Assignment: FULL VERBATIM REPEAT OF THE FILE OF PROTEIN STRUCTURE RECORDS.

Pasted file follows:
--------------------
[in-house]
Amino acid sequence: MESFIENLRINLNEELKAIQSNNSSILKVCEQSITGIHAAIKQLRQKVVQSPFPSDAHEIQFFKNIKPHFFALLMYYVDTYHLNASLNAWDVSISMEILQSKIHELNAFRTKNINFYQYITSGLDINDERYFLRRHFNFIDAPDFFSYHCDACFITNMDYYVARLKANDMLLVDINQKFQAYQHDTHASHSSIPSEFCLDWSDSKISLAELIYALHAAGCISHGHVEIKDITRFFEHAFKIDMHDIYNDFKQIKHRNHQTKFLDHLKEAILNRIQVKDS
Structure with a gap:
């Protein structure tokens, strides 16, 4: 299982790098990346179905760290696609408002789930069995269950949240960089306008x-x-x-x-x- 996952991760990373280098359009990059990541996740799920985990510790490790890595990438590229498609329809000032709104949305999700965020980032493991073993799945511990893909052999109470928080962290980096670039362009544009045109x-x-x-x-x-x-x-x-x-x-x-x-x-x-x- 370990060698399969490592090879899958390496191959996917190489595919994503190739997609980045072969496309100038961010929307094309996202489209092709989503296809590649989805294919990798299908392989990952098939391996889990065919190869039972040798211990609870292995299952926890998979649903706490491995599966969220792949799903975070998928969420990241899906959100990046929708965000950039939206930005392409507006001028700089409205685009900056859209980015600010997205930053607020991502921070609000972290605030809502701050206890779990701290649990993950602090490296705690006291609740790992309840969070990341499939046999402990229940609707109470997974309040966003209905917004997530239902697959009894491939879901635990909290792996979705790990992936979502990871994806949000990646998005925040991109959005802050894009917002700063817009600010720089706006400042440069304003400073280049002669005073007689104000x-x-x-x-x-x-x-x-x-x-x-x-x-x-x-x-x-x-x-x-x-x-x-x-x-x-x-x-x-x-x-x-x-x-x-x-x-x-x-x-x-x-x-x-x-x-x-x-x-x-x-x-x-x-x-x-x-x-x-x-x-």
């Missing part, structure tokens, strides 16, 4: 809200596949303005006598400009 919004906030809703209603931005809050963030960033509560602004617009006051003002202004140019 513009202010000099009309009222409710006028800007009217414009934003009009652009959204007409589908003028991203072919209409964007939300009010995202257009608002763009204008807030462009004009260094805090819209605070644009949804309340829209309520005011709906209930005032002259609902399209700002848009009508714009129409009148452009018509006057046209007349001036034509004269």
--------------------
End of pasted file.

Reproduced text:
[in-house]
Amino acid sequence: MESFIENLRINLNEELKAIQSNNSSILKVCEQSITGIHAAIKQLRQKVVQSPFPSDAHEIQFFKNIKPHFFALLMYYVDTYHLNASLNAWDVSISMEILQSKIHELNAFRTKNINFYQYITSGLDINDERYFLRRHFNFIDAPDFFSYHCDACFITNMDYYVARLKANDMLLVDINQKFQAYQHDTHASHSSIPSEFCLDWSDSKISLAELIYALHAAGCISHGHVEIKDITRFFEHAFKIDMHDIYNDFKQIKHRNHQTKFLDHLKEAILNRIQVKDS
Structure with a gap:
């Protein structure tokens, strides 16, 4: 299982790098990346179905760290696609408002789930069995269950949240960089306008x-x-x-x-x- 996952991760990373280098359009990059990541996740799920985990510790490790890595990438590229498609329809000032709104949305999700965020980032493991073993799945511990893909052999109470928080962290980096670039362009544009045109x-x-x-x-x-x-x-x-x-x-x-x-x-x-x- 370990060698399969490592090879899958390496191959996917190489595919994503190739997609980045072969496309100038961010929307094309996202489209092709989503296809590649989805294919990798299908392989990952098939391996889990065919190869039972040798211990609870292995299952926890998979649903706490491995599966969220792949799903975070998928969420990241899906959100990046929708965000950039939206930005392409507006001028700089409205685009900056859209980015600010997205930053607020991502921070609000972290605030809502701050206890779990701290649990993950602090490296705690006291609740790992309840969070990341499939046999402990229940609707109470997974309040966003209905917004997530239902697959009894491939879901635990909290792996979705790990992936979502990871994806949000990646998005925040991109959005802050894009917002700063817009600010720089706006400042440069304003400073280049002669005073007689104000x-x-x-x-x-x-x-x-x-x-x-x-x-x-x-x-x-x-x-x-x-x-x-x-x-x-x-x-x-x-x-x-x-x-x-x-x-x-x-x-x-x-x-x-x-x-x-x-x-x-x-x-x-x-x-x-x-x-x-x-x-």
């Missing part, structure tokens, strides 16, 4: 809200596949303005006598400009 919004906030809703209603931005809050963030960033509560602004617009006051003002202004140019 513009202010000099009309009222409710006028800007009217414009934003009009652009959204007409589908003028991203072919209409964007939300009010995202257009608002763009204008807030462009004009260094805090819209605070644009949804309340829209309520005011709906209930005032002259609902399209700002848009009508714009129409009148452009018509006057046209007349001036034509004269």